The New Jersey Nyets: Another night, another double-digit home loss for the New Jersey Nyets. Even Ji Jianlian's career-high 29 points could not save them. The Nyets actually kept things respectable until the fourth quarter, when they scored only 13 points on 6-for-18 shooting. Most of the Nyets' shots were long jumpers, and they got to the line only once in the final 12 minutes. The Thunder's defense got a lot of fluffing after this game, but come on, people. This is New Jersey we're talking about. They're 2-29 and have now lost 10 in a row for the second time this season. Shutting them down is a case of "dog bites man." Zzzzzzz...
Said New Jersey coach Kiki Vandeweghe: "I don't know if we ran out of gas or did they turn it up?" If by "if we ran out of gas" you mean "we suck," well, I guess that's your answer.
Wizards Generals: Losing to the Grizzlies doesn't earn an automatic bid for Worst of the Night anymore. They're actually...decent. (After they reach .500 or get over it, I'll dub them "halfway decent.") But Memphis was without Rudy Gay, their leading scorer (20.6 PPG). That should have evened things up, right? It sort of did. Washington forced the game into overtime. But we all them the Generals around here for a reason. You know why it went to overtime? Washington was actually up 102-100 with five seconds left. The Griz ran a helter skelter play in which the ball ended up in Zach Randolph ended up with the ball outside of the three-point line.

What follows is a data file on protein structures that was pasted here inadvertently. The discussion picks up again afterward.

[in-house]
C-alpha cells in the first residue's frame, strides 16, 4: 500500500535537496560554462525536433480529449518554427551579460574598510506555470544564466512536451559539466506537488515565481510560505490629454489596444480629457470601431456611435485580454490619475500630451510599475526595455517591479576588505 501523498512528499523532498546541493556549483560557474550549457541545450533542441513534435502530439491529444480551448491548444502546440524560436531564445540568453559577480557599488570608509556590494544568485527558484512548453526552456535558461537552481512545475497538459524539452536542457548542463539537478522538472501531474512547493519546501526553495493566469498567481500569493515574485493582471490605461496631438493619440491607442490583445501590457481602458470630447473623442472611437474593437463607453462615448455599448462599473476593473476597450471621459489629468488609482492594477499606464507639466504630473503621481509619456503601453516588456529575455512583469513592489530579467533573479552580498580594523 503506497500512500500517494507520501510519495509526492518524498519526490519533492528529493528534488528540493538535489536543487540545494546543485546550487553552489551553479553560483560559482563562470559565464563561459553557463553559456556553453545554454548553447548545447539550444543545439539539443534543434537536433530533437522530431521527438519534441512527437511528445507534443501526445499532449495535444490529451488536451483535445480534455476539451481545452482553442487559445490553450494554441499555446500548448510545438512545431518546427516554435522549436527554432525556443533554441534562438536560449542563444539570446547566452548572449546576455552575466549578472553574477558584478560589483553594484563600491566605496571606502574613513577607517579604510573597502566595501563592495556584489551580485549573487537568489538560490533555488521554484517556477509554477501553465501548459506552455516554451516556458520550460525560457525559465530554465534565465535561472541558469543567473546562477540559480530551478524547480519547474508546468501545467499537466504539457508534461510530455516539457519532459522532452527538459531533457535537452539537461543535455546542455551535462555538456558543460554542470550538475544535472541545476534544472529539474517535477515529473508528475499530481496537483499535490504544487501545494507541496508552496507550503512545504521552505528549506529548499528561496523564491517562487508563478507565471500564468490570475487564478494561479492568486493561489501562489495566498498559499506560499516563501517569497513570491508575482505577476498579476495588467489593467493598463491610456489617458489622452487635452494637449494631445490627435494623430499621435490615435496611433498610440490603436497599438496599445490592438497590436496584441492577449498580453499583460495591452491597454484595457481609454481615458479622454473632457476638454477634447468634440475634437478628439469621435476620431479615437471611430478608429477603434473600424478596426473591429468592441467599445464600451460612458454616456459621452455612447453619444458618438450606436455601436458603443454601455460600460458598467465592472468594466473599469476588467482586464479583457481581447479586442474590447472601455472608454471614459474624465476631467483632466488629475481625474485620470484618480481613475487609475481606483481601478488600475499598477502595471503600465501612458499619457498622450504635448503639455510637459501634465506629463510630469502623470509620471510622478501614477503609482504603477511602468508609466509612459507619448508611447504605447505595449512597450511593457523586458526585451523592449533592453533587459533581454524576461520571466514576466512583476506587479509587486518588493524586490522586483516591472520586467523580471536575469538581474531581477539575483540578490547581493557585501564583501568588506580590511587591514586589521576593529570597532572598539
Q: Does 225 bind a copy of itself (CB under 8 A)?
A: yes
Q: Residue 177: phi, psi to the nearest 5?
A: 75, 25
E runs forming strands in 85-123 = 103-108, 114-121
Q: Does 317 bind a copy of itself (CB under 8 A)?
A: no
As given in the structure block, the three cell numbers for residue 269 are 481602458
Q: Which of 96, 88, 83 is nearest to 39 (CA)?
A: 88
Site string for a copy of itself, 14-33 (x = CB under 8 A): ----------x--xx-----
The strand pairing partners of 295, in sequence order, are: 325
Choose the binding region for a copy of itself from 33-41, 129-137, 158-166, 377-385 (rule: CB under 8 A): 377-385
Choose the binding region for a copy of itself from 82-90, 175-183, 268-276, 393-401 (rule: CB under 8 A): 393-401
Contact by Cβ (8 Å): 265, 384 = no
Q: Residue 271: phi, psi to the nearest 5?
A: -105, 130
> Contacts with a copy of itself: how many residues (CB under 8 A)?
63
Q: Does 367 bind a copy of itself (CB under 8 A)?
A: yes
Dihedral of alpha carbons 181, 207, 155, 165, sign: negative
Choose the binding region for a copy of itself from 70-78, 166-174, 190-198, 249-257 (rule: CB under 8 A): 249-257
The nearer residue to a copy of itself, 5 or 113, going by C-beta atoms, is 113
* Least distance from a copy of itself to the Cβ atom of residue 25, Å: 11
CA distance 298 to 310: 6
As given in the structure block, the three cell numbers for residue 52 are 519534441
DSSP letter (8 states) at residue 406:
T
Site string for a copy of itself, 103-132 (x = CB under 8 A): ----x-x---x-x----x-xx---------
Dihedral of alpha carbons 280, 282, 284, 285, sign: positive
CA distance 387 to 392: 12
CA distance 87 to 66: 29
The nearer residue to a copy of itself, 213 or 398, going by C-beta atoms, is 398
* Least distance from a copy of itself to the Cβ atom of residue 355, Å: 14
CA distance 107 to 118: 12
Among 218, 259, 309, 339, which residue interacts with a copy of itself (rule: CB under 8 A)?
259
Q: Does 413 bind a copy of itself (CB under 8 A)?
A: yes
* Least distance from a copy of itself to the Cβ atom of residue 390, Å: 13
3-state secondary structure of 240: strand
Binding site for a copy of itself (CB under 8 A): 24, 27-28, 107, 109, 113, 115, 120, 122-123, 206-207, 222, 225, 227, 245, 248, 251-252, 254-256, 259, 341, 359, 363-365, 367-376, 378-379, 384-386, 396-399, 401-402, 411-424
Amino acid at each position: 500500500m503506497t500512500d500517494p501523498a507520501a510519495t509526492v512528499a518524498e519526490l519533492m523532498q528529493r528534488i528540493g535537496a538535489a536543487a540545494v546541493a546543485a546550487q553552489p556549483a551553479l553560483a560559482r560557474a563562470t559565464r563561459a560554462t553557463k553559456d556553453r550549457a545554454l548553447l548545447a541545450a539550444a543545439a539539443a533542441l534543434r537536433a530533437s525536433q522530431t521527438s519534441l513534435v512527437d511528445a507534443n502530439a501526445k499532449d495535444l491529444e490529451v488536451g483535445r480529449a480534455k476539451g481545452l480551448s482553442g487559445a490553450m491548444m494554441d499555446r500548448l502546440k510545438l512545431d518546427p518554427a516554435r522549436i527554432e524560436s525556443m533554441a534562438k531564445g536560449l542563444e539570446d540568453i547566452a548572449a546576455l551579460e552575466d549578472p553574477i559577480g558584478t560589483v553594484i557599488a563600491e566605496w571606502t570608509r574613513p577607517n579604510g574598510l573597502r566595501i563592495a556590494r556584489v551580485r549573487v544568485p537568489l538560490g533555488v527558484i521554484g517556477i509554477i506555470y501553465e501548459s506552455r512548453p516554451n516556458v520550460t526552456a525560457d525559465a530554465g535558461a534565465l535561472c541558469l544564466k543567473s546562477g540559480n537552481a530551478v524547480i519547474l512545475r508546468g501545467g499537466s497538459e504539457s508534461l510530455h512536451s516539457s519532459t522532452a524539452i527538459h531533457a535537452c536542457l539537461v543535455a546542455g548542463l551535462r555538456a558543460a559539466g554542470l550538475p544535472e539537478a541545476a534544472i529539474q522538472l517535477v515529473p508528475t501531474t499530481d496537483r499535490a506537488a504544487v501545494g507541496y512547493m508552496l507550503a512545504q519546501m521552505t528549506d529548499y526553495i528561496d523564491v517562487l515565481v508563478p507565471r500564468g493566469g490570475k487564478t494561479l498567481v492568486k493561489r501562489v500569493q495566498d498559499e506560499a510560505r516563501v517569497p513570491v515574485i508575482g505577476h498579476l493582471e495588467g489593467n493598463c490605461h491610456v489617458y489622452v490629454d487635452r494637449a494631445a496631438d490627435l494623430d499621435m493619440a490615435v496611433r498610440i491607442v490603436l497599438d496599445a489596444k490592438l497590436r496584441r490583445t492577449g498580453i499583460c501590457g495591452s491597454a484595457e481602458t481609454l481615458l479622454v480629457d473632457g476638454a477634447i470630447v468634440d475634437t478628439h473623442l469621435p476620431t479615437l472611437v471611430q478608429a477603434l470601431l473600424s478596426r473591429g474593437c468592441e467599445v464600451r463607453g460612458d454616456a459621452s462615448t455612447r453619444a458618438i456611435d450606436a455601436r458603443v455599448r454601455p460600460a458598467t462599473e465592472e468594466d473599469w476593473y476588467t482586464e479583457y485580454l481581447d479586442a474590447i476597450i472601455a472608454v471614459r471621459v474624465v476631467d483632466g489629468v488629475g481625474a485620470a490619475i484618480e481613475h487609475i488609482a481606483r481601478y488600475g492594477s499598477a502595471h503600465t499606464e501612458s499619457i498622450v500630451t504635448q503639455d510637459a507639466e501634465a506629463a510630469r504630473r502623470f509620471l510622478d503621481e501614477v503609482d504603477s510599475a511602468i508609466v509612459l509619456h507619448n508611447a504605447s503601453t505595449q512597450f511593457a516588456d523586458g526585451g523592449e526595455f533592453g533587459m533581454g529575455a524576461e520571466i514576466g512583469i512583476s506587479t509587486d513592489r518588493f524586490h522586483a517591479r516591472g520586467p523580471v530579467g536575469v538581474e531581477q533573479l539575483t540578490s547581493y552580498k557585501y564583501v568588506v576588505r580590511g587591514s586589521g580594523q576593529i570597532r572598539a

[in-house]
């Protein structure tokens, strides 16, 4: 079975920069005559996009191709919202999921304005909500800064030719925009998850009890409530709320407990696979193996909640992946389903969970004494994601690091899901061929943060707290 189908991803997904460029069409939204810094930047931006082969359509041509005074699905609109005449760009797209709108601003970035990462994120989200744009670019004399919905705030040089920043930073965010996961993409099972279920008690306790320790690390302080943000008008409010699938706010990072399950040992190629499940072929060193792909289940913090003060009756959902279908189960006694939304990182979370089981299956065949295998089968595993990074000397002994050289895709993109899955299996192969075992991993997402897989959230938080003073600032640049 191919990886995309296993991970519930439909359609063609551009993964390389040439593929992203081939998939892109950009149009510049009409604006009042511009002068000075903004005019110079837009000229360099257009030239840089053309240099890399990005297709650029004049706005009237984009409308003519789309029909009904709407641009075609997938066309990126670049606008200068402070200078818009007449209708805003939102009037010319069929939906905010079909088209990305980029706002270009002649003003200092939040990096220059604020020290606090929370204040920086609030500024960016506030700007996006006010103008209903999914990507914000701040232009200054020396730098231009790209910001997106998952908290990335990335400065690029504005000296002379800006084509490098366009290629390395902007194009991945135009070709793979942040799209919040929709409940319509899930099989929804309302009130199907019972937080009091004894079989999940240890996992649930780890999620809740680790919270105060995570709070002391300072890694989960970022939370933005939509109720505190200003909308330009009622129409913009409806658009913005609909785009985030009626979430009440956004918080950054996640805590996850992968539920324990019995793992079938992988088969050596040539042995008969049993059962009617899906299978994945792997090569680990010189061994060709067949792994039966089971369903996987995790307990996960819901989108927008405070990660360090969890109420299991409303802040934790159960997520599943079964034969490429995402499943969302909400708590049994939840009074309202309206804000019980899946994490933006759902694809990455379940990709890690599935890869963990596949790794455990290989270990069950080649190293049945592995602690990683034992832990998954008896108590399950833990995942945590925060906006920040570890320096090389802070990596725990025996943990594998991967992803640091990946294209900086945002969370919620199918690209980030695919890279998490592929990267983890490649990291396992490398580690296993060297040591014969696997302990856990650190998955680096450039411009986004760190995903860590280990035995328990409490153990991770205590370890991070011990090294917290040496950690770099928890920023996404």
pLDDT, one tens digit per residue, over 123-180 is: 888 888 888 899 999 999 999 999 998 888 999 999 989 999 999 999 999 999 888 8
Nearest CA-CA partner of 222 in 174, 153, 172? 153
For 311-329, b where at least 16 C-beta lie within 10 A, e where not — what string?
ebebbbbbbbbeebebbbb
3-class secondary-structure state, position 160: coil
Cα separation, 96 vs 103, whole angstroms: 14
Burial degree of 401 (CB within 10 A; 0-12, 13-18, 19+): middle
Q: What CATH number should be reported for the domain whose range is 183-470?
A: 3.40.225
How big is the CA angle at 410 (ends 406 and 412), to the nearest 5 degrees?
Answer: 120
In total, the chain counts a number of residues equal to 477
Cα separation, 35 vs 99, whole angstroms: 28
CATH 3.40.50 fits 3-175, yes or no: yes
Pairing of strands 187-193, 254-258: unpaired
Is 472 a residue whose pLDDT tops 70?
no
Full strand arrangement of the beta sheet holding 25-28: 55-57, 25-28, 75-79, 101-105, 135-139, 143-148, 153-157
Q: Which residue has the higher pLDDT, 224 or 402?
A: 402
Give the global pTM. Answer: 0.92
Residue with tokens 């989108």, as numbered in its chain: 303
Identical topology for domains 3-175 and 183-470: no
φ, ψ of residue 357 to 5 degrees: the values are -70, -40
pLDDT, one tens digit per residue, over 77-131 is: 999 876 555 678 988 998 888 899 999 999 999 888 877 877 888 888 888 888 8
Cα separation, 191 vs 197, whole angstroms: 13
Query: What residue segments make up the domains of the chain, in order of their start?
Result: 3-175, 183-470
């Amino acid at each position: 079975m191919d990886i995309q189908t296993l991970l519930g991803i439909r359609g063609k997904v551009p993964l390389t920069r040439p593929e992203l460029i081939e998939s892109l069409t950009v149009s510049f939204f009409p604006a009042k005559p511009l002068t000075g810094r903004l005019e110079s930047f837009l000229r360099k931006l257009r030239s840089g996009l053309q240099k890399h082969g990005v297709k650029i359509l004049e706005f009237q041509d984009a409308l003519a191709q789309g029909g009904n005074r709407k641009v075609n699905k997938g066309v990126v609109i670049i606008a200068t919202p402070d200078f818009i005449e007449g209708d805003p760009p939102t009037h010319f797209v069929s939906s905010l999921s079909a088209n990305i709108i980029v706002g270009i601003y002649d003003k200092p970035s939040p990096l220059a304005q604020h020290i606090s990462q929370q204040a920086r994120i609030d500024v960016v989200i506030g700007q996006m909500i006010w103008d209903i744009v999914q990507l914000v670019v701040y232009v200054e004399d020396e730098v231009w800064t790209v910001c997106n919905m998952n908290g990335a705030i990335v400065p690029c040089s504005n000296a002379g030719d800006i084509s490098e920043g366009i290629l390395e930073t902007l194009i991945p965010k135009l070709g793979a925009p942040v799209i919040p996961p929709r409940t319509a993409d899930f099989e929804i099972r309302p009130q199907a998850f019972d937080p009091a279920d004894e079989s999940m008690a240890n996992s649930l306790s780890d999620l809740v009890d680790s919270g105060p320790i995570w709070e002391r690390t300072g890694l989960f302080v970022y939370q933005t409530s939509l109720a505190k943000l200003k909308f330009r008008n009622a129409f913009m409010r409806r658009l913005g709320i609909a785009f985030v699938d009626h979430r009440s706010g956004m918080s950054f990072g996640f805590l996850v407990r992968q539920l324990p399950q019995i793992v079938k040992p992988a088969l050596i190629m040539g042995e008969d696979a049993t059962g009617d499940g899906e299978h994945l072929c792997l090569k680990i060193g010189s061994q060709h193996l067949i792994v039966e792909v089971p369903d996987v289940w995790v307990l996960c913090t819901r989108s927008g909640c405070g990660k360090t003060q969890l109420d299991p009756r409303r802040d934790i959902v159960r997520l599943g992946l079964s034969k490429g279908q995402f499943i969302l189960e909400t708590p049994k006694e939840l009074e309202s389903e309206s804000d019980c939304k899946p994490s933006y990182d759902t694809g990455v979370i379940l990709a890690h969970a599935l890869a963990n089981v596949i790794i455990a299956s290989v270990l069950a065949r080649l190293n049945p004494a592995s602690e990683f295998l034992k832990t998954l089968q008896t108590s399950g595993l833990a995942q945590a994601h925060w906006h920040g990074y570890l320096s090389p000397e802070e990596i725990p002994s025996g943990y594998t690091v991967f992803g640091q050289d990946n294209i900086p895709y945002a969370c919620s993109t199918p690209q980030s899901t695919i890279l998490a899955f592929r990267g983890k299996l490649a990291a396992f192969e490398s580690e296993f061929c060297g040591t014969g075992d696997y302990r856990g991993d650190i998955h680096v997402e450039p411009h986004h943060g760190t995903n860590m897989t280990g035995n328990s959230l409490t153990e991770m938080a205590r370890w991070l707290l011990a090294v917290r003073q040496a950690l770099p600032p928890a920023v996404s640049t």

Now, Z-Bo is a great many things, but one thing he isn't is a three-point shooter. He's hit 28 percent of his treys over his career. And while I don't expect the Generals to know the exact percentage, I do think they should realize what shots you want Randolph to take. No, really. But instead, the defender crowded Randolph, which allowed him to slip past the defense for a drive on which he got fouled by Brendan Haywood with less than a second left. Z-Bo nailed 'em both, and it was onto overtime and another defining loss for the Generals.
Said Gilbert Areneas: "We just couldn't get a break." Indeed.